The world’s most extraordinary birds

25 Jun 2024

Australia is home to 800 species of some of the world’s most extraordinary birds, with 370 of those found nowhere else on earth. Yet many of these avian wonders are teetering on the brink of extinction. The Australian National University (ANU) donor community’s support of the Difficult Birds Research Group (DBRG) is helping to protect Australia’s most endangered birds.

DBRG’s key mission is to understand the threats against and prevent the extinction of ‘difficult birds’ – birds that are all extremely endangered, hard to find, live in rugged terrain and move around the landscape.

Daniel Appleby, a PhD student in DBRG, is doing great work teaching zoo-bred Regent Honeyeaters to sing like wild birds. With female Regent Honeyeaters tending to favour familiar song patterns in mate selection, there’s a risk that zoo-bred birds – which develop distinct song patterns from those observed in the wild – might unintentionally contribute to a narrowing of the breeding pool. Daniel’s work ensures the species’ genetic diversity, long-term health and adaptability. His past four years of tutoring have yielded positive results, with Daniel’s zoo-bred Regent Honeyeaters sounding increasingly like their wild counterparts. This strategy has been adopted and will continue within the breeding program.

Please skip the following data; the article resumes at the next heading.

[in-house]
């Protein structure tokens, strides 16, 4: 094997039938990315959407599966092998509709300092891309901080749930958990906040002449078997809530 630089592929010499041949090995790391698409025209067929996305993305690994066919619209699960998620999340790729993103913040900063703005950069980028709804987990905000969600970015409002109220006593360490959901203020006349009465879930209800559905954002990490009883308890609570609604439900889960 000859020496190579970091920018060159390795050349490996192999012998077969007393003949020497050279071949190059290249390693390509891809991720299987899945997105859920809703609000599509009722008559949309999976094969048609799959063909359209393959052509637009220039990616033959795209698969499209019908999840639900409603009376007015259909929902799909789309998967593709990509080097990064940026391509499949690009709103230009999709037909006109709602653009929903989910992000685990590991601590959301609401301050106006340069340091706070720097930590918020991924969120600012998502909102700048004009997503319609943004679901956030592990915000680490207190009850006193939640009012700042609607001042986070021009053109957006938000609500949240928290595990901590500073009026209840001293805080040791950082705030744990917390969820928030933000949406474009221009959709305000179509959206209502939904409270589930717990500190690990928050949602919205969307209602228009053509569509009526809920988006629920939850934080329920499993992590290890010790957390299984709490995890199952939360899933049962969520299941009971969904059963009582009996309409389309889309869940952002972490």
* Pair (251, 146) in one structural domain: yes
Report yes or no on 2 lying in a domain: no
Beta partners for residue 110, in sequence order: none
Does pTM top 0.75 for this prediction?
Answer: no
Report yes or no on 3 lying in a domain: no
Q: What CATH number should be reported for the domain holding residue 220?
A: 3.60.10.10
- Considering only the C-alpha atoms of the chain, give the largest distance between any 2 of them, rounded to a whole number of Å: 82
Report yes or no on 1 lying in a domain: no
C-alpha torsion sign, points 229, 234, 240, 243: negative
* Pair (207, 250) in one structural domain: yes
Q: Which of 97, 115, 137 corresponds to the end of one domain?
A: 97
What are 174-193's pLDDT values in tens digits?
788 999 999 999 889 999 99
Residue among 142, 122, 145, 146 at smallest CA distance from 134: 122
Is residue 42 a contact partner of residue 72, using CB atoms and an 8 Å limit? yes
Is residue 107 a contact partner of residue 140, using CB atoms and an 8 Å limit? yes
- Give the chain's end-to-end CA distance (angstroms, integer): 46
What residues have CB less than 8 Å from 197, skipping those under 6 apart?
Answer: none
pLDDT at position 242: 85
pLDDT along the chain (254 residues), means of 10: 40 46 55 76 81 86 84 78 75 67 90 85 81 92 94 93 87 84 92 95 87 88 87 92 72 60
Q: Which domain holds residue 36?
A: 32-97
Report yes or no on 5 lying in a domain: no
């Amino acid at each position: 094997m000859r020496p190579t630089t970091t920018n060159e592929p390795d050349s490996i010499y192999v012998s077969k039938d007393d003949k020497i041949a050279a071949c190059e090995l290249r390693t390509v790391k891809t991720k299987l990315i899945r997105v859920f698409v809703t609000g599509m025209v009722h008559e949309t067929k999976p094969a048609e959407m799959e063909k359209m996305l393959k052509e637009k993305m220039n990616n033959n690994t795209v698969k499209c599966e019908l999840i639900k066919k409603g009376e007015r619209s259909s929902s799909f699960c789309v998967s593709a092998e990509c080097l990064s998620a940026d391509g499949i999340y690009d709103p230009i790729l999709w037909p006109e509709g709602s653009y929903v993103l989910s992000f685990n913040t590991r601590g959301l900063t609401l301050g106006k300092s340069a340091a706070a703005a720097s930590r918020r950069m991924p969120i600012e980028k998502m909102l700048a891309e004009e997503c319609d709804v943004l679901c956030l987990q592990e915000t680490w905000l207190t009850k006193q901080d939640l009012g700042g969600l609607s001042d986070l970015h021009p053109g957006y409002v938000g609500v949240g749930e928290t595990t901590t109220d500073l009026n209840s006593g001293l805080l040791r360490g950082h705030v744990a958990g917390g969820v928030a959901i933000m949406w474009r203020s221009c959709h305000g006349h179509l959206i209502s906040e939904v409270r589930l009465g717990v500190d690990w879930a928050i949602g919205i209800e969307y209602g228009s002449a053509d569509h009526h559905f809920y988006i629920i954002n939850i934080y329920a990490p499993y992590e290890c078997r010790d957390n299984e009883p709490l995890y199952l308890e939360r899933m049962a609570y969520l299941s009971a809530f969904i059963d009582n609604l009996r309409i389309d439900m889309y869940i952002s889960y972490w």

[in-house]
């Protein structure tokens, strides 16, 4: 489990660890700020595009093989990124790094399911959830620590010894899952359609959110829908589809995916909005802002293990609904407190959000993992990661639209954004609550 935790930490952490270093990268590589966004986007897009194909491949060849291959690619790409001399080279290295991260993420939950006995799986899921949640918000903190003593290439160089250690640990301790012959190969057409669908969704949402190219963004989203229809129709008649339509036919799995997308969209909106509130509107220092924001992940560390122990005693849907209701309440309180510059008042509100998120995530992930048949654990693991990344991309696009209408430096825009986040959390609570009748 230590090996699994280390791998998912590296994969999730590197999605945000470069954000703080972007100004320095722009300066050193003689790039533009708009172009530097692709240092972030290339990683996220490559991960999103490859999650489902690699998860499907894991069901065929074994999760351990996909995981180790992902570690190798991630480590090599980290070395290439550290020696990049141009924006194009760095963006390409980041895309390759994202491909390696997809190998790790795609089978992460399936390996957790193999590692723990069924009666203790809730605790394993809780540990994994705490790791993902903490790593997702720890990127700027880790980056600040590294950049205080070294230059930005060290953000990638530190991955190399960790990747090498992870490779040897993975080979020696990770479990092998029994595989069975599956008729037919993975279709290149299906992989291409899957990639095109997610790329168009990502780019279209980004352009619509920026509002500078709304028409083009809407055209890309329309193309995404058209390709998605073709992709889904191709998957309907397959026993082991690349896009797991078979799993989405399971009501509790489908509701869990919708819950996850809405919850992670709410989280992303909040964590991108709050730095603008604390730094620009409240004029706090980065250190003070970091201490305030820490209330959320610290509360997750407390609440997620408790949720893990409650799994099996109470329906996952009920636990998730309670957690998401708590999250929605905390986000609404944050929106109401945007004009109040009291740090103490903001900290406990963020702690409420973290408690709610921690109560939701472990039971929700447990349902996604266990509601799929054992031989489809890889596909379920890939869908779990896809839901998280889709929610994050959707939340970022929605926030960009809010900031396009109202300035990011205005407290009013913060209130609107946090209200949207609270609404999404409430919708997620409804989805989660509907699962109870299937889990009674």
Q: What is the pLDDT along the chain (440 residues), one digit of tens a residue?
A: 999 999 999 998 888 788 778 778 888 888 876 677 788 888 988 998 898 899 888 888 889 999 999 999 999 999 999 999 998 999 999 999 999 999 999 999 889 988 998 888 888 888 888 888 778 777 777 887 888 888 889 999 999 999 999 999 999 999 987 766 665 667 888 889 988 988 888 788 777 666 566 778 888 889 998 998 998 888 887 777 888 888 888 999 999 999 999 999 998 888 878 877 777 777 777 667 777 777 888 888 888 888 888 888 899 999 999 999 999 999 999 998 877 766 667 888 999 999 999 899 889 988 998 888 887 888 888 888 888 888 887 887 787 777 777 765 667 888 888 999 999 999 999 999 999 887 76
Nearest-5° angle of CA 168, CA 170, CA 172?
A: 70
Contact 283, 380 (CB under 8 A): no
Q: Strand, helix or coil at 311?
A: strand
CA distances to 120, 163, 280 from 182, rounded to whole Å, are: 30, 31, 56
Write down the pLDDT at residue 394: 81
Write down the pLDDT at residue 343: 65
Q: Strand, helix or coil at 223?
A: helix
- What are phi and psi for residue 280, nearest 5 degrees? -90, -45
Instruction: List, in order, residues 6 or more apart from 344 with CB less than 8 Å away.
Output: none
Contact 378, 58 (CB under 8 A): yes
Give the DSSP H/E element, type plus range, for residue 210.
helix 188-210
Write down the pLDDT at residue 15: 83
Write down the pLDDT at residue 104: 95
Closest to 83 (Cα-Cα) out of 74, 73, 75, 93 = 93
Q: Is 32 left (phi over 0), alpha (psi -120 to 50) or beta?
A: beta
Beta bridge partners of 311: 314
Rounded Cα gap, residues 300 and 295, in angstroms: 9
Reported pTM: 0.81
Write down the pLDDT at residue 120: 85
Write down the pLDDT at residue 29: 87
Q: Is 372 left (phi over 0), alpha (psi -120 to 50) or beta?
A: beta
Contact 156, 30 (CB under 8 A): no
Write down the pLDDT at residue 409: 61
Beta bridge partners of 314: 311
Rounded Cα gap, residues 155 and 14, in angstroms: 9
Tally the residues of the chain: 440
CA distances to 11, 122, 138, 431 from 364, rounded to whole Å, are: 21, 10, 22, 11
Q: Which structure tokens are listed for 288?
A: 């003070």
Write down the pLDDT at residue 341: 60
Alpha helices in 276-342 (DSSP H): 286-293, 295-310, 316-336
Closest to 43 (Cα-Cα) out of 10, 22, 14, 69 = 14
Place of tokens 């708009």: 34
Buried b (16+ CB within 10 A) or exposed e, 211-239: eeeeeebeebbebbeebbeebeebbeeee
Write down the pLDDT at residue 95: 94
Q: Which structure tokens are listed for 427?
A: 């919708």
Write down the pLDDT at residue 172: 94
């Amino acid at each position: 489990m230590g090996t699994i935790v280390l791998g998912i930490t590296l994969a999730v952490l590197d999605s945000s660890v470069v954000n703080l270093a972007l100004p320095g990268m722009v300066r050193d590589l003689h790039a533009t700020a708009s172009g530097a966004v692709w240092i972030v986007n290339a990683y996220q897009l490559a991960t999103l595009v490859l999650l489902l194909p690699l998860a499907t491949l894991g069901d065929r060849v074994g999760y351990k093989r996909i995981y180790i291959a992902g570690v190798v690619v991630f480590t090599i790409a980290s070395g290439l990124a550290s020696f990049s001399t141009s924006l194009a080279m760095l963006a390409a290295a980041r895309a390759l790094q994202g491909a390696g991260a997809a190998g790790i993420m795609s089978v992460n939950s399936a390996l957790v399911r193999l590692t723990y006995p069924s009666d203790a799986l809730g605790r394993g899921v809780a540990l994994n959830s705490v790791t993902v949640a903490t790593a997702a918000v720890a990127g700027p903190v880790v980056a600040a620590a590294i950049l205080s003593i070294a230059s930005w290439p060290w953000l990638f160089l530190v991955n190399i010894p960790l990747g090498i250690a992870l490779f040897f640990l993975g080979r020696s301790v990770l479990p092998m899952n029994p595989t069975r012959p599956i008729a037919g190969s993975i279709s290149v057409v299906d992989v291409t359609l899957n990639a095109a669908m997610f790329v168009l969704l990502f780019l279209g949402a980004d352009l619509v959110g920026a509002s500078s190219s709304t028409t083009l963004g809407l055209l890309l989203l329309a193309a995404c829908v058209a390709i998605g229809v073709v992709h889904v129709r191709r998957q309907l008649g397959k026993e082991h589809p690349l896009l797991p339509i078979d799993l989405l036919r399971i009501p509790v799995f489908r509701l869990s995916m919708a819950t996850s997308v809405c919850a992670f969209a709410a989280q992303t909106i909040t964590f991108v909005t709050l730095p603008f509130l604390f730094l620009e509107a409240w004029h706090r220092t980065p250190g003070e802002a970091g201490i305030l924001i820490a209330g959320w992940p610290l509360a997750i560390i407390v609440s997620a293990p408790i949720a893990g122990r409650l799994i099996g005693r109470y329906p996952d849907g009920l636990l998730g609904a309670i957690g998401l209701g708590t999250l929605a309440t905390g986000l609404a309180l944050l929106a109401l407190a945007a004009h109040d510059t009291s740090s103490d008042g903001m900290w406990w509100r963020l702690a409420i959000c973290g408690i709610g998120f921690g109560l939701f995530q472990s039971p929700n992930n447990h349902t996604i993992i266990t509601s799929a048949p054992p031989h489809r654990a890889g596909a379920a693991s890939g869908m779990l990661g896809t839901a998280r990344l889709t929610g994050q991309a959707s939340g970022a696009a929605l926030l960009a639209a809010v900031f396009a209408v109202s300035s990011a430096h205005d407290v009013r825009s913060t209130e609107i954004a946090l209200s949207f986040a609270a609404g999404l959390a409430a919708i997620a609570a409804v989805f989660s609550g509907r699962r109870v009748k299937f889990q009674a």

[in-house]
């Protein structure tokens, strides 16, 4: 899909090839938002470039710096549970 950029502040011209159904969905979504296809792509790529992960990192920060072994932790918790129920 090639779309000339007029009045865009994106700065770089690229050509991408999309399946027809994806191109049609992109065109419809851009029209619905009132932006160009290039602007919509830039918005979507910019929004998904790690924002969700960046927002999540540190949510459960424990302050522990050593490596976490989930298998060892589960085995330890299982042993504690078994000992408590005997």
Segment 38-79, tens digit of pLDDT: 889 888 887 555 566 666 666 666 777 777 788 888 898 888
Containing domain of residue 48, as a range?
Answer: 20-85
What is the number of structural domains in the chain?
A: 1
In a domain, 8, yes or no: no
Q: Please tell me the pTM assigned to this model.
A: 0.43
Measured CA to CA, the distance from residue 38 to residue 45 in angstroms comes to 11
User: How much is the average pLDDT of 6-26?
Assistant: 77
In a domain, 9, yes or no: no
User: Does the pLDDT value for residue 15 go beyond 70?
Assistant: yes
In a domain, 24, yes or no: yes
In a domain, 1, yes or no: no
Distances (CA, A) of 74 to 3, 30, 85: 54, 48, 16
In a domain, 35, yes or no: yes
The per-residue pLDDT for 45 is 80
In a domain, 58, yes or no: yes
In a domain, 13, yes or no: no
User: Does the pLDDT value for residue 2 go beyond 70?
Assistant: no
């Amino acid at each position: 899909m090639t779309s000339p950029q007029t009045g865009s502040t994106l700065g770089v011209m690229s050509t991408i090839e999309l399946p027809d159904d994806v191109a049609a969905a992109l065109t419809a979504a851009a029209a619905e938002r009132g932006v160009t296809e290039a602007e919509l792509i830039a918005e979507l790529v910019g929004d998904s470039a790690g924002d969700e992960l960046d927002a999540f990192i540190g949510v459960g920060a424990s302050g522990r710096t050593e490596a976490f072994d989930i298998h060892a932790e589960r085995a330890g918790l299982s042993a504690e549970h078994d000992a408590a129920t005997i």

Daniel’s new strategy is just one of the many successful efforts from DBRG throughout 2023. These include publications, fruitful field trips, monitoring and nest protection efforts. DBRG’s research continues to improve reintroduction of species into the wild, species’ population management and conservation, and protection of resources that birds are reliant on.

With the indispensable support of donors, DBRG will continue developing innovative techniques in conservation and safeguard Australia’s most ‘difficult’ endangered bird species.

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